This blog started out as a companion piece to my book, Musings from the Christian Left (excerpts of which can be found in the July 2004 link) and to support a planned radio show. Now, its simply a long term writing project from a Christian Left Libertarian perspective (meaning I often argue for liberty within the (Catholic) Church, rather than liberty because the church takes care of a conservative view of morality.

Tuesday, July 20, 2010

Lessons from an abortion in Phoenix

If you read the Catholic press or blogosphere, you undoubtedly have come across the story of the excommunication of Sister Margaret McBride, who served on the hospital ethics board and as hospital administrator where the board recommended that an abortion be performed on a pregnant woman suffering from pulmonary hypertension because of her pregnancy, which was way to early on to induce labor and put the child on life support. I have given ample comment on the NCR and America web pages, as have many others, as to whether ending the pregnancy was justified, either directly or indirectly and whether it is moral cowardice to stand behind such terms as "indirect abortion" in order to justify saving the life of the mother. You can read one article in NCR here and I am sure there are links to others: http://ncronline.org/blogs/ncr-today/mercy-sister-margaret-mcbride-speaks-out-her-silence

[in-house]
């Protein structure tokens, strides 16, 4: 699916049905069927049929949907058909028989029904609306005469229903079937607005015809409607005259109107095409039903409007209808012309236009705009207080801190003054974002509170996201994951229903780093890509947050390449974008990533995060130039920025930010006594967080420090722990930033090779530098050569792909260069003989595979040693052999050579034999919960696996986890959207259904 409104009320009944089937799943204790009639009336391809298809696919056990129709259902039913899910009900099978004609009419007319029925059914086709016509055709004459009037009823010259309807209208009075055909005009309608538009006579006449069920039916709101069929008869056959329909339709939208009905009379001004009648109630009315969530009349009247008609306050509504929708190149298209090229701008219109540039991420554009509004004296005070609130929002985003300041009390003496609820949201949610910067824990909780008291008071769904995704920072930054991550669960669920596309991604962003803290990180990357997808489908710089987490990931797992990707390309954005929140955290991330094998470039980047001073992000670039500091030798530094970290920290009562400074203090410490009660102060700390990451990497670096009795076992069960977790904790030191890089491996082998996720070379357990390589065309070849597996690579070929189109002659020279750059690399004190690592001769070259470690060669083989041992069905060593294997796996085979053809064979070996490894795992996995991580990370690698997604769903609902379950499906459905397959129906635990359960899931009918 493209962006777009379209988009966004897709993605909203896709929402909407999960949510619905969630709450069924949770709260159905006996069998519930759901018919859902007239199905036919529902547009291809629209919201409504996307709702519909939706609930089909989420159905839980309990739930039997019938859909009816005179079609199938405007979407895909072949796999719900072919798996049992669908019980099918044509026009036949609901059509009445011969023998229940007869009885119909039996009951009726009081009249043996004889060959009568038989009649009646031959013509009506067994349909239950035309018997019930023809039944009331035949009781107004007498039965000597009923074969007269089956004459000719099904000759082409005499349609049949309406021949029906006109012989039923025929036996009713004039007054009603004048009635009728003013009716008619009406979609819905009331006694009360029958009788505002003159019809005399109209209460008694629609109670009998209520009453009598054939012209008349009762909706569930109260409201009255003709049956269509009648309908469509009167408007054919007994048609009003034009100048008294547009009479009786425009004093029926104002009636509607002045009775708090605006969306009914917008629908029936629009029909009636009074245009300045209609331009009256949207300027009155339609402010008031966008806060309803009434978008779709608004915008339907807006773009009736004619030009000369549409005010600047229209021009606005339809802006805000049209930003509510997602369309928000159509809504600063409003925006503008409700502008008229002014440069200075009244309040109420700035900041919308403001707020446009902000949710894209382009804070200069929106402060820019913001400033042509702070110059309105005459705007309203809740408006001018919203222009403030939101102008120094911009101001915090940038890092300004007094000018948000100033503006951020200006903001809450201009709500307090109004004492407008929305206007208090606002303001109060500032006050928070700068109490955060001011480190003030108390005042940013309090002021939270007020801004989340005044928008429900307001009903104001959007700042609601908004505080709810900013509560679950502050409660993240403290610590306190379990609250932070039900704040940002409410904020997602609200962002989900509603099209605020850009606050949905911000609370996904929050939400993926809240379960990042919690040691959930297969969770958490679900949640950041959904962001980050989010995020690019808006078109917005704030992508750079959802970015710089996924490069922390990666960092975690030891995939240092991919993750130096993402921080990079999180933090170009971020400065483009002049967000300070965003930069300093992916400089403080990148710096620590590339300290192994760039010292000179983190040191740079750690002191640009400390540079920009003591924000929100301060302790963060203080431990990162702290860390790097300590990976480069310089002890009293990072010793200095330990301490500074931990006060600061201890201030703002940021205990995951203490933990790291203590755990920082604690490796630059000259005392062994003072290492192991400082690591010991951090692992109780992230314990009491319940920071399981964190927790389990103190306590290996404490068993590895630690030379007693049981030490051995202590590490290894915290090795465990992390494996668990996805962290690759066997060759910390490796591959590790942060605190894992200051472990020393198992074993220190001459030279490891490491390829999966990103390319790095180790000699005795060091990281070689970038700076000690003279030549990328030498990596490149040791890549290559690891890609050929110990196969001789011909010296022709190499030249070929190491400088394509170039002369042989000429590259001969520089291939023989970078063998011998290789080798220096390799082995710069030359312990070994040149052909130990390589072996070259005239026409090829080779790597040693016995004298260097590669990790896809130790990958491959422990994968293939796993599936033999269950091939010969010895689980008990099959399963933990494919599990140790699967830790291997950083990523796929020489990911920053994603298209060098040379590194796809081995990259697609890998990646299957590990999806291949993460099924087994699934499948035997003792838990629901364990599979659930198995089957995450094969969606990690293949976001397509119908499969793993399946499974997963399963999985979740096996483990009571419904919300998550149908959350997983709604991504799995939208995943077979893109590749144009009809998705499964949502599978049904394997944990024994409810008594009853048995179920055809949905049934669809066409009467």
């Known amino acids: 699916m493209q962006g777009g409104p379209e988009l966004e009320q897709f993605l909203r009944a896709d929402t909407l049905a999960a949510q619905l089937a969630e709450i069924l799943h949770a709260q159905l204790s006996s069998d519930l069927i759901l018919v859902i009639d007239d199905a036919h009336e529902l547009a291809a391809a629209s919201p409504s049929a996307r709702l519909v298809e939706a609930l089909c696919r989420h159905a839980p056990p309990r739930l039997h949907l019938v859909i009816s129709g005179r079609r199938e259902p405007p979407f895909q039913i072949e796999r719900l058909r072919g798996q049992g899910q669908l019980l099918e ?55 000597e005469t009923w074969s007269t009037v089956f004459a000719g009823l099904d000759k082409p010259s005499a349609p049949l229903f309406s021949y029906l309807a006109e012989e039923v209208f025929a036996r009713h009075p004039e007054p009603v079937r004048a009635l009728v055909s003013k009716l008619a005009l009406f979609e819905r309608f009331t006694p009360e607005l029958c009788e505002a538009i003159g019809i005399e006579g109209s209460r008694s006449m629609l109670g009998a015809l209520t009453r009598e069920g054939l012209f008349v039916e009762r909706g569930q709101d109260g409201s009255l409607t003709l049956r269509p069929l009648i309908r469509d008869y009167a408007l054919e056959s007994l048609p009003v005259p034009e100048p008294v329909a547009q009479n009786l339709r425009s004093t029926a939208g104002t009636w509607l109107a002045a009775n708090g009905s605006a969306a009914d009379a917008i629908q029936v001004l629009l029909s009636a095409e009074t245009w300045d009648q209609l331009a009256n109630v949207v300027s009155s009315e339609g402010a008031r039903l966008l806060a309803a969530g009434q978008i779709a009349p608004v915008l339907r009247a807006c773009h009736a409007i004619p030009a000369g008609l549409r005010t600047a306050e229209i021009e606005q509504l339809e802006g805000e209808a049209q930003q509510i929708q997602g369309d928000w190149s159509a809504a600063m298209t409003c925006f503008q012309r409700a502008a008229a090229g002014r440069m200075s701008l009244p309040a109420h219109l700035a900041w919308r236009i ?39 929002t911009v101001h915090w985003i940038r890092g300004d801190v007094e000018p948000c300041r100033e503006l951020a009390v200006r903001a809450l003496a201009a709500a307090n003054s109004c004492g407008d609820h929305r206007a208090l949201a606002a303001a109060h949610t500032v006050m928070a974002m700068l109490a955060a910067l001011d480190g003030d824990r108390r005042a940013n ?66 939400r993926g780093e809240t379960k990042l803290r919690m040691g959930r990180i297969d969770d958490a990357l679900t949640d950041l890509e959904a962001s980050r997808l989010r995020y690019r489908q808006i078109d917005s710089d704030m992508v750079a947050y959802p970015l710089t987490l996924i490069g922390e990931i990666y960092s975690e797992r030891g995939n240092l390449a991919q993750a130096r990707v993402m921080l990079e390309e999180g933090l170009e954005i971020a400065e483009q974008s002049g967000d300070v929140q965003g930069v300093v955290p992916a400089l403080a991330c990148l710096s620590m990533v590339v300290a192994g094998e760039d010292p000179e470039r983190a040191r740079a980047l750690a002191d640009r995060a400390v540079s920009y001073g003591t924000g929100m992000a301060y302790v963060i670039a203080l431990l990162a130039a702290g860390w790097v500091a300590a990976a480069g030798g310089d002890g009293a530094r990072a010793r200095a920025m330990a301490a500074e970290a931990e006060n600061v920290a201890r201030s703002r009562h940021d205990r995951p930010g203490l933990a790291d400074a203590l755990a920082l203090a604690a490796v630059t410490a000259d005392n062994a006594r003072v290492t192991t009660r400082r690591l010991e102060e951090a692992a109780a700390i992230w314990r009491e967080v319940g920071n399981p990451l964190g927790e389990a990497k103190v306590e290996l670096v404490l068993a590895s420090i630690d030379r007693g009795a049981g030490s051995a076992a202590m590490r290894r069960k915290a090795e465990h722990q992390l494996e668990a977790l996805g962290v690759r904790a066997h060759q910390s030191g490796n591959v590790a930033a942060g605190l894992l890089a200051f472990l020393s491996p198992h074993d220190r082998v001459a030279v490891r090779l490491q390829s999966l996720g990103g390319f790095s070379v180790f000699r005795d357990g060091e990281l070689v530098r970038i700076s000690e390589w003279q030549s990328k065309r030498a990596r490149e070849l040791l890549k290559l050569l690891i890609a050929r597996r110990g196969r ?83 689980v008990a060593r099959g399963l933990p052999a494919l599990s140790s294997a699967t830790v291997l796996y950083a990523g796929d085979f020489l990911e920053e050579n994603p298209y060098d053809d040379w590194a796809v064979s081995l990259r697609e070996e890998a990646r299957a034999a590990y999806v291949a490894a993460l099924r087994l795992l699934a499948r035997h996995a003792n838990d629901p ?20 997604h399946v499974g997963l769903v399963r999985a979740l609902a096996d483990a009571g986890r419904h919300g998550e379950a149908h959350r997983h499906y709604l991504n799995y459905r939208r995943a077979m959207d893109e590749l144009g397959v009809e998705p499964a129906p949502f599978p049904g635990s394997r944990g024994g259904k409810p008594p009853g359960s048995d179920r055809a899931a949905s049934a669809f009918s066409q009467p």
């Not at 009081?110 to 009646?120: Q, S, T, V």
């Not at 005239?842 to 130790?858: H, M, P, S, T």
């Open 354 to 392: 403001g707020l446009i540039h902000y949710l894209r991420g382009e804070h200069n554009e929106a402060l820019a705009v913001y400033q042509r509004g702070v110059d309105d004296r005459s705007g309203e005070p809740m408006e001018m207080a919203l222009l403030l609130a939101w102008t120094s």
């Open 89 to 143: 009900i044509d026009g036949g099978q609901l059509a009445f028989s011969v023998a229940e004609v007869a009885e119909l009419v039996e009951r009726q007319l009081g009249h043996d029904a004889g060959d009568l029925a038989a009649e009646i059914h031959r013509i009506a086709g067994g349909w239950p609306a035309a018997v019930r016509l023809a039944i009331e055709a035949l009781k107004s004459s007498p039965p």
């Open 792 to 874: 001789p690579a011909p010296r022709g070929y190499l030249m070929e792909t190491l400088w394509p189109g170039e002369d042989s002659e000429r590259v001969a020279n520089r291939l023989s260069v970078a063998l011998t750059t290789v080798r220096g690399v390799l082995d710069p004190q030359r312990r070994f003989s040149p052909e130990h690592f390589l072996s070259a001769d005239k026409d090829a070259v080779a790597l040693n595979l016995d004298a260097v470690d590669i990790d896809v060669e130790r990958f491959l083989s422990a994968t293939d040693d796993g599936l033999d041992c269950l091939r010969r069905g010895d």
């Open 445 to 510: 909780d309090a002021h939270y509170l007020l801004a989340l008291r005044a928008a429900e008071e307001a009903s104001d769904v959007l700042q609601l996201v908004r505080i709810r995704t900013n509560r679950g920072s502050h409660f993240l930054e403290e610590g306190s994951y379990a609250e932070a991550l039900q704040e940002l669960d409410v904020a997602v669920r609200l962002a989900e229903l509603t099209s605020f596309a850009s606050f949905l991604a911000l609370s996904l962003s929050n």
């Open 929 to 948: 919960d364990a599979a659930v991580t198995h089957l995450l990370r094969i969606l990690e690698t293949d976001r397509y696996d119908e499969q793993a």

I am not going to take the usual stance on this event. Its been done and done well, both from the feminist perspective and from the Catholic moralist perspective. I will instead bring a bit of scripture to the issue, as well as my training in organization theory and bureaupathology.

Part of the criticism of Sister Margaret's actions were that she did not notify the local bishop in advance of the situation to get his guidance. In other words, she broke the chain of command. I am not sure this is a valid criticism, since everyone knows what Bishop Olmsted would have done. It is demonstrated by his excommunicaiton of Sister. He would have said no. He really had no choice in the matter, since ascenting to the abortion would have caused him to share in the taint of it, even if he did not procure it himself. I suspect that in his mind, he would have been as culpable as Sister Margaret for the abortion (as if he could really stop it). In other words, he would have likely put the state of his own soul before the life of the woman who's pregnancy - and let's face it - who's child was killing her for a reason only known to the pathologist who did the post mortem.